The sun sets at 4 p.m. in Edinburgh, which means if you want to feel even mildly productive, waking up at noon is not an option. So naturally, I wake up at noon. Well, not quite. But I do snooze my alarm clock seven times before getting up for my 10 a.m. class. My blue duffel bag is still packed with the outfits and souvenirs from the weekend’s escapade — London, this time — and I grab a sweater from it, reminiscing through all five minutes of my walk to class. One of my favorite things is being able to leave 10 minutes before class starts and still have time to stop by the red, wooden coffee stand in George Square. The cheerful little man that runs the stand has his dreadlocks tied back in a ponytail today, and he greets me by name. I carry my newfound addiction, a cup of earl grey with milk, to class. Two minutes early.
Class is great, and my professor, who’s from Berlin and subsequently has the most adorable accent ever, spends the whole time talking about the presidential election going on back home, but I walk out of the classroom and can’t help feeling guilty for wanting to put the United States out of my mind. I meander down cobblestone streets, past crimson-painted trees, ancient stained-glass churches and a literal castle. And I find myself falling in love with them all over again. Scotland is in my lungs, and it courses through me, pushing me through the closes and alleyways toward the National Museum of Scotland.
This is another thing I haven’t quite gotten over: All the museums in Edinburgh are free. I found this out a couple months ago, when some locals decided to give the poor tourist a tour of their city. I like to think this makes me an honorary local, even though there’s miles of Edinburgh I have yet to explore. Walking through museums on rainy days is one of my favorite things to do, though, and lucky for me, it rains almost every day. (The locals have a saying: “If you can see the Firth of Forth, it’s about to rain. If you can’t, it is raining.”) But the museum is huge, and I still haven’t seen it all, so I wander into the Scottish History section, picking up where I left off.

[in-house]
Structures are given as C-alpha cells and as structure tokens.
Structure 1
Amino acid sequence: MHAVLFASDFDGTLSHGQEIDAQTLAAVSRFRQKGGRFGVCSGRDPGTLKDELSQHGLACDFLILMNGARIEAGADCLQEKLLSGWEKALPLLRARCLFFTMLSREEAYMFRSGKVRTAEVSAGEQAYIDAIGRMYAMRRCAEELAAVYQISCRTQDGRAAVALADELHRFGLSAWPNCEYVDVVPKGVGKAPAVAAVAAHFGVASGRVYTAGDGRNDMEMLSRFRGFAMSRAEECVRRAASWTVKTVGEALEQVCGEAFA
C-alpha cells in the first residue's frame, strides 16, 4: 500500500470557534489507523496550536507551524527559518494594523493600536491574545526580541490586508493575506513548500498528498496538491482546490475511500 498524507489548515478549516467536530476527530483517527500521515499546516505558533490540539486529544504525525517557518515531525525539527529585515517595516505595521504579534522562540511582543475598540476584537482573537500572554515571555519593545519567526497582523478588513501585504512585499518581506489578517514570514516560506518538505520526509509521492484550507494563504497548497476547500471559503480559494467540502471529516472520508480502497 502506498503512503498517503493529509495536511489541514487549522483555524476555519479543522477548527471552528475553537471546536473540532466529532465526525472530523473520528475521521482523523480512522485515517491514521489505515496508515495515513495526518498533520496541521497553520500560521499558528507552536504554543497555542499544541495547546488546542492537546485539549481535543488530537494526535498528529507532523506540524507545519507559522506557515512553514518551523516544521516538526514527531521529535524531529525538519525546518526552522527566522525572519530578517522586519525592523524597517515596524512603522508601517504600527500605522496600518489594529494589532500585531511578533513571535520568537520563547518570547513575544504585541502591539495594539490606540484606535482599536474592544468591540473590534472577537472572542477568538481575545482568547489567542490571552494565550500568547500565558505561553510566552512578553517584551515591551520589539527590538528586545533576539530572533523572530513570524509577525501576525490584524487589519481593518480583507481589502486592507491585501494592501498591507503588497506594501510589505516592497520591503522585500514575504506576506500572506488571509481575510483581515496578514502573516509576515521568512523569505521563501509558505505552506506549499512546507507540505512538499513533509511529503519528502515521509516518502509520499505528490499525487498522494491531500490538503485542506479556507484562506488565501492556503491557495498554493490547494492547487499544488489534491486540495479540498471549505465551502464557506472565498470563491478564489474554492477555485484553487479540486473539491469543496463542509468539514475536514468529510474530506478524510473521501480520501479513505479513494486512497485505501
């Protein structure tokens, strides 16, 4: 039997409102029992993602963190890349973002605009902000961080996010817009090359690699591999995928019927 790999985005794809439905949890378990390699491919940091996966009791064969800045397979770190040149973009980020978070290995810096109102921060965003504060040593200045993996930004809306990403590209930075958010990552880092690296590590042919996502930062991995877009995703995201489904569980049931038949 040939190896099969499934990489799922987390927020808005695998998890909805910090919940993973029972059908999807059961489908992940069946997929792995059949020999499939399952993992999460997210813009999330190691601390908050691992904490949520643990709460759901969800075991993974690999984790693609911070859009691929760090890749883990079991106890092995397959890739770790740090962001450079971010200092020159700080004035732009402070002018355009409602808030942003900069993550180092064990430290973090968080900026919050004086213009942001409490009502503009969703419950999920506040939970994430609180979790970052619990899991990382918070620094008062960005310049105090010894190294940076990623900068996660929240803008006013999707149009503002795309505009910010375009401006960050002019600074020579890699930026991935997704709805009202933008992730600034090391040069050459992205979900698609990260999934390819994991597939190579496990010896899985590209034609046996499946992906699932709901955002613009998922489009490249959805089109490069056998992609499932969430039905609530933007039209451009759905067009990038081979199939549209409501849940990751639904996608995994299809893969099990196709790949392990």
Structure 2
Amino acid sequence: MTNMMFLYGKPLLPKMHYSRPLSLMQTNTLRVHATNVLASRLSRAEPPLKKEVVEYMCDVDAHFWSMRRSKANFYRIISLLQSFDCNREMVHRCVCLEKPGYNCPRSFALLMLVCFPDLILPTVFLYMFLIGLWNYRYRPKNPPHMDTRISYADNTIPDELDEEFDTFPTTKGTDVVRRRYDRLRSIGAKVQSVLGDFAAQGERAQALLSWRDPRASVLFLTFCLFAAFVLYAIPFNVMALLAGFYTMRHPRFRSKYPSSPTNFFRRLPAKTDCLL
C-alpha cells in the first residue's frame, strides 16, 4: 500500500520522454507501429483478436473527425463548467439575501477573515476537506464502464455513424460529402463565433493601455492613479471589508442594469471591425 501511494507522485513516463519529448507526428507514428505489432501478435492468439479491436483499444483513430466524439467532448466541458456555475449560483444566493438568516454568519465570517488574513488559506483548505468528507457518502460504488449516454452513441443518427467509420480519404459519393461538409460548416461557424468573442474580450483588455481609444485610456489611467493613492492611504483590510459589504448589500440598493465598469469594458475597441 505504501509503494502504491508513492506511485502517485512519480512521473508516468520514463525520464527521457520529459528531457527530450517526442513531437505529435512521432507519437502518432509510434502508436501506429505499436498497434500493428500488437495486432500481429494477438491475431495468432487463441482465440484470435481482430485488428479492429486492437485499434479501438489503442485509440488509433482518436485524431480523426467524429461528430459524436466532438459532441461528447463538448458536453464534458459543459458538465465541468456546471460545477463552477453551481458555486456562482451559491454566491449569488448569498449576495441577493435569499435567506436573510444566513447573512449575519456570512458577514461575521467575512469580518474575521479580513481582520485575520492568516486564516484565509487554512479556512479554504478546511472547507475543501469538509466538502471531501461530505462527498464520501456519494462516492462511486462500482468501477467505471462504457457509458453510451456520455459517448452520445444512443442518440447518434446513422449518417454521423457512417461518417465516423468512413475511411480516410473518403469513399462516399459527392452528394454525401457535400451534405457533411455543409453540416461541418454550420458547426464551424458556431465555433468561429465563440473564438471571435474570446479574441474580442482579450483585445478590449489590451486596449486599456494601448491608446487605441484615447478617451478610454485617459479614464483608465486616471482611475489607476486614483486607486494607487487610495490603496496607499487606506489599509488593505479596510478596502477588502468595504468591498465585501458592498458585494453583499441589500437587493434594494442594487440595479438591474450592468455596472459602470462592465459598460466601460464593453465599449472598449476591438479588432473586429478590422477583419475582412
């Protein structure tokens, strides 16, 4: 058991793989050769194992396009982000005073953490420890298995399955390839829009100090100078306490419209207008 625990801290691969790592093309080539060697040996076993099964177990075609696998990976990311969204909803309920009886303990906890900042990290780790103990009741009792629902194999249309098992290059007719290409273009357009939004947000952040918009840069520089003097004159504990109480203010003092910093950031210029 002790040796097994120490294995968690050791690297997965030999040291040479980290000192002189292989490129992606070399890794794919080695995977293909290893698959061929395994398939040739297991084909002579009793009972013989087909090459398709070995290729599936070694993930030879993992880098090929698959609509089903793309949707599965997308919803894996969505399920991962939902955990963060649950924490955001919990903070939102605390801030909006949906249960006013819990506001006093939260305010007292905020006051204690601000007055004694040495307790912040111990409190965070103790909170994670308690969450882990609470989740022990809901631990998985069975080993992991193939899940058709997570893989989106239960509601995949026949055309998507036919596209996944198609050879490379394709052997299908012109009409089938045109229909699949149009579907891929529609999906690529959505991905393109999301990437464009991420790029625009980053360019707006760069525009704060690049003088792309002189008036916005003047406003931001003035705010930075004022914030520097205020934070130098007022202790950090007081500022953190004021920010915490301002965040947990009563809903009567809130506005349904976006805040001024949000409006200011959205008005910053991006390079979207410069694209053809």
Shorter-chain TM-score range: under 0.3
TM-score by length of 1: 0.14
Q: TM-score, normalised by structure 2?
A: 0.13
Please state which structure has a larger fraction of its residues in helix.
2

One of my friends messages me, asking if I want to grab a pint after our Sciffy (Scifi) society meeting tonight. Apparently, Gavin knows a pub that serves butterbeer, just like the Harry Potter books. I respond “YES,” because fireplaces, butterbeer and cozy chairs have become something I never, ever want to live without. Sciffy reminds me that I should probably actually do some homework, though, and I pull myself reluctantly away from King James’ baby cradle. I’ll be back, I tell it, I promise.
I pop into Caffe Nero, where — as I carry a pot to a table in the corner — I try not to think about how much tea I drink. I bury myself in my books until an aggressive plop into the chair across from me startles me out of my studies.
“Lowkey slept through all my classes,” Nayanthi says, looking surprisingly well-rested for someone who trained back from London the night before. I laugh, making space for her and her usual coffee. We work until the light in the café begins to turn pink, gradually shifting and making room as the rest of our pleasantly exhausted travel companions join us around the tables. At 4 p.m., we take a break to watch the sky turn from gold to pink to lavender and upload ugly pictures of each other on Facebook (what else are friends for?). Shortly after, we walk home together, and I throw some pasta on the stove while I get ready for Sciffy.
Walking with my tartan scarf on the way to the society meeting, it starts to rain. Somehow, the fact that I’ve naively gone out without a hood or an umbrella doesn’t bother me. The drizzle is light, and it stops as I hurry down the steps to the classroom. No heavy downpour tonight. Scotland’s being good to me. As usual.